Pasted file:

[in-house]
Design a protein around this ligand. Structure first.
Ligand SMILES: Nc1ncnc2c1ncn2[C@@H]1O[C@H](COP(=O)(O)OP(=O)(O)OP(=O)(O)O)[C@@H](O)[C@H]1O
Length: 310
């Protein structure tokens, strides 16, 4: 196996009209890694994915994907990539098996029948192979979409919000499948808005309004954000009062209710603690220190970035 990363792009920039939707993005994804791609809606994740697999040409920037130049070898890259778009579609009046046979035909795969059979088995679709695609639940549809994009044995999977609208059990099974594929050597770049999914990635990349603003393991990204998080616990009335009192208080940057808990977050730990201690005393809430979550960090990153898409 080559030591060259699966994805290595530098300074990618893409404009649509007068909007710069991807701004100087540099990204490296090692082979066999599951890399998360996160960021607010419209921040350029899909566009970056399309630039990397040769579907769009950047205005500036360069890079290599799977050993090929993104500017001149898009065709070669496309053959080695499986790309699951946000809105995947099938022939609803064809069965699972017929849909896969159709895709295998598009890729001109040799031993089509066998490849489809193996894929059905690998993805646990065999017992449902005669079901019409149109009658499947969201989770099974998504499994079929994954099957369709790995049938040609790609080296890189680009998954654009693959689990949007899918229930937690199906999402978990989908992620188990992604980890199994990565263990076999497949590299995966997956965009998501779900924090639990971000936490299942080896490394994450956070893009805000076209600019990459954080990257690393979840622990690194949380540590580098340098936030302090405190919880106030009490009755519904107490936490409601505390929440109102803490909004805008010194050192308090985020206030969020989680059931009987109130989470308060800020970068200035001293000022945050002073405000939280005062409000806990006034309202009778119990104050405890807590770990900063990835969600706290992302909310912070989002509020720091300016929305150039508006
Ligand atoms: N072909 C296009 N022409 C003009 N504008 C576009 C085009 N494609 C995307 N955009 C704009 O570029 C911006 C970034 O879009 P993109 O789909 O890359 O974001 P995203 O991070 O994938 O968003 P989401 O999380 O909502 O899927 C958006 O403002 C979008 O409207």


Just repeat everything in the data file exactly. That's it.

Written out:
[in-house]
Design a protein around this ligand. Structure first.
Ligand SMILES: Nc1ncnc2c1ncn2[C@@H]1O[C@H](COP(=O)(O)OP(=O)(O)OP(=O)(O)O)[C@@H](O)[C@H]1O
Length: 310
């Protein structure tokens, strides 16, 4: 196996009209890694994915994907990539098996029948192979979409919000499948808005309004954000009062209710603690220190970035 990363792009920039939707993005994804791609809606994740697999040409920037130049070898890259778009579609009046046979035909795969059979088995679709695609639940549809994009044995999977609208059990099974594929050597770049999914990635990349603003393991990204998080616990009335009192208080940057808990977050730990201690005393809430979550960090990153898409 080559030591060259699966994805290595530098300074990618893409404009649509007068909007710069991807701004100087540099990204490296090692082979066999599951890399998360996160960021607010419209921040350029899909566009970056399309630039990397040769579907769009950047205005500036360069890079290599799977050993090929993104500017001149898009065709070669496309053959080695499986790309699951946000809105995947099938022939609803064809069965699972017929849909896969159709895709295998598009890729001109040799031993089509066998490849489809193996894929059905690998993805646990065999017992449902005669079901019409149109009658499947969201989770099974998504499994079929994954099957369709790995049938040609790609080296890189680009998954654009693959689990949007899918229930937690199906999402978990989908992620188990992604980890199994990565263990076999497949590299995966997956965009998501779900924090639990971000936490299942080896490394994450956070893009805000076209600019990459954080990257690393979840622990690194949380540590580098340098936030302090405190919880106030009490009755519904107490936490409601505390929440109102803490909004805008010194050192308090985020206030969020989680059931009987109130989470308060800020970068200035001293000022945050002073405000939280005062409000806990006034309202009778119990104050405890807590770990900063990835969600706290992302909310912070989002509020720091300016929305150039508006
Ligand atoms: N072909 C296009 N022409 C003009 N504008 C576009 C085009 N494609 C995307 N955009 C704009 O570029 C911006 C970034 O879009 P993109 O789909 O890359 O974001 P995203 O991070 O994938 O968003 P989401 O999380 O909502 O899927 C958006 O403002 C979008 O409207």